But, there are more ways of killing a cat... Did X fall out with many friends - did he have many to fall out with?

Lorenzo da Ponte said...

Plutarch: For some reason I have never understood, differences of opinion concerning musical taste are often expressed rancorously. Especially so when it comes to pop, but posh fans can be equally dimissive. When you say "wouldn't know how to defend my preference" you are of course not alone. Articulating an opinion, a description or a comparison on musical matters is extremely difficult (hence the bad temper) and is the main reason why Tone Deaf was founded. It affords me the opportunity to try and explain things that are primarily aesthetic with the hope that others too will pitch in, perhaps helping themselves and certainly helping me.

X resented my (very tentative) suggestion about chamber music because it wasn't an area he had sought to impose on me. I was the student getting out of my depth and needed to be re-coralled. However it was the condemnatory tone of voice he used that made me think we were at an end.

Lucy: First, using the X pseudonym must seem rather coy but there is a reason; three people were involved in the final act of unpleasantness and I don't feel at liberty to talk freely.

As to your final question, I think I was X's only friend although, as I have said, with him the word takes on a new definition. I was younger, less well-informed, an inferior journalist and an ideal tabula rasa on which to impress his opinions, not just about music. I was astonished that he continuously sought me out for almost a decade since I seemed to be the one who was profiting.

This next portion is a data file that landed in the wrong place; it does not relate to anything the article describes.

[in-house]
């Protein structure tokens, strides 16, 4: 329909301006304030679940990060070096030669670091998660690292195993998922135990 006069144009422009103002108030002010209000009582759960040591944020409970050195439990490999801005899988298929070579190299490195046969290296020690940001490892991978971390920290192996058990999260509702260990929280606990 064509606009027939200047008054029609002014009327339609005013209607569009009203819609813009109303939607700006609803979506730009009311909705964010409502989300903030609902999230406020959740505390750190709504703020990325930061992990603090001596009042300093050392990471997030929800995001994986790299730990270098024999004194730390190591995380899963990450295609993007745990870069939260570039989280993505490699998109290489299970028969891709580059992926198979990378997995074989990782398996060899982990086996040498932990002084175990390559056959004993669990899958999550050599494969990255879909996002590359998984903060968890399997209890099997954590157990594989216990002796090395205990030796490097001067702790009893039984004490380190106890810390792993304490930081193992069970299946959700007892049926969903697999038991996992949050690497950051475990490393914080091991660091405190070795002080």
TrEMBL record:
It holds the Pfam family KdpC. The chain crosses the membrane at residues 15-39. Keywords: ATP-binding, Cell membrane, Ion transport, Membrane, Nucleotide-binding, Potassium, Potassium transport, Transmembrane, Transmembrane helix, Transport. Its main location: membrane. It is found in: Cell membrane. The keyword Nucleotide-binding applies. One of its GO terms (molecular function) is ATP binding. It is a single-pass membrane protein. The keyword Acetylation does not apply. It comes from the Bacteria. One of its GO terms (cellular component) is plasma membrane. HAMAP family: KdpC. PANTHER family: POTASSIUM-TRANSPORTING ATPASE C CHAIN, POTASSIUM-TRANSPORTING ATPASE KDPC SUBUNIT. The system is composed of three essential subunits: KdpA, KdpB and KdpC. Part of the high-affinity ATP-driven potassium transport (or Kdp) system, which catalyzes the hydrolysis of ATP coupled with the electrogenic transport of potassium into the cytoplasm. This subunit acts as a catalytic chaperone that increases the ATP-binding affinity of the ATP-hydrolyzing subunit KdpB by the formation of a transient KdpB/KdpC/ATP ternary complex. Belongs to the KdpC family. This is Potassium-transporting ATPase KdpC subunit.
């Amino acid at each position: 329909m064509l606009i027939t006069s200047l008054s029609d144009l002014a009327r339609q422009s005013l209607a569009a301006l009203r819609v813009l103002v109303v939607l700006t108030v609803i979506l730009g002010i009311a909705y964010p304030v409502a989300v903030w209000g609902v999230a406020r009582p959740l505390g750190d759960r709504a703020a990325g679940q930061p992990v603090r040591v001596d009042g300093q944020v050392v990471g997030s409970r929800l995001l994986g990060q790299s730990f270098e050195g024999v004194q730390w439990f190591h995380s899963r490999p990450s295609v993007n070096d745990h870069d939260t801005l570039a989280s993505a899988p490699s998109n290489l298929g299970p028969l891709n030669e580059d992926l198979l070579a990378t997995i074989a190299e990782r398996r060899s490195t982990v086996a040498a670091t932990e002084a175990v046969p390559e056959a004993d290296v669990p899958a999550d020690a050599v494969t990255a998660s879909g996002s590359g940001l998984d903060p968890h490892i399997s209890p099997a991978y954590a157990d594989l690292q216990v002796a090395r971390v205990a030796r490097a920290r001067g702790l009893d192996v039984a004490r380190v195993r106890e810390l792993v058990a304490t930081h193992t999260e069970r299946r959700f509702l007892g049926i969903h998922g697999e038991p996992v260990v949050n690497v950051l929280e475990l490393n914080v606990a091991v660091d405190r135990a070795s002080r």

He had no friends but everyone who met him remembered him. He was authority incarnate on politics, history, music and literature and had a phenomenal memory - the tool which wins so many conversational battles. He was also an exceptionally good writer and it was inevitable he would end up with a national audience. He interviewed cabinet ministers as an equal and I can never remember anyone getting the better of him. His confidence with women was supreme.

In my more reflective moments - especially when I've over-stepped myself - I can't help feeling he had even more influence over me than I've acknowledged. I envied his social confidence and there is no doubt I have tried to duplicate it - with varying degrees of success. It is because of him I have prized articulacy above almost everything else, preferred the particular over the general and often bullied people into more active conversation than they would have liked. He was, as you say, good for me because there aren't too many exemplars of that sort around. However, the ending - horrible as it was - was inevitable and I am glad I am not still jousting with him in my declining years.

The Crow said...

Did you ever hear any of Dizzy Gillespie's recordings? He didn't sing well, but he certainly knew the horn, inside and out.

Lorenzo da Ponte said...

The Crow: Dizz was also a high-notes specialist (and a wit). However he was also a bopper. I enjoy bop but only in half-hour stretches; the appeal is primarily technical rather than emotional. But you've given me an idea for a future post (with links).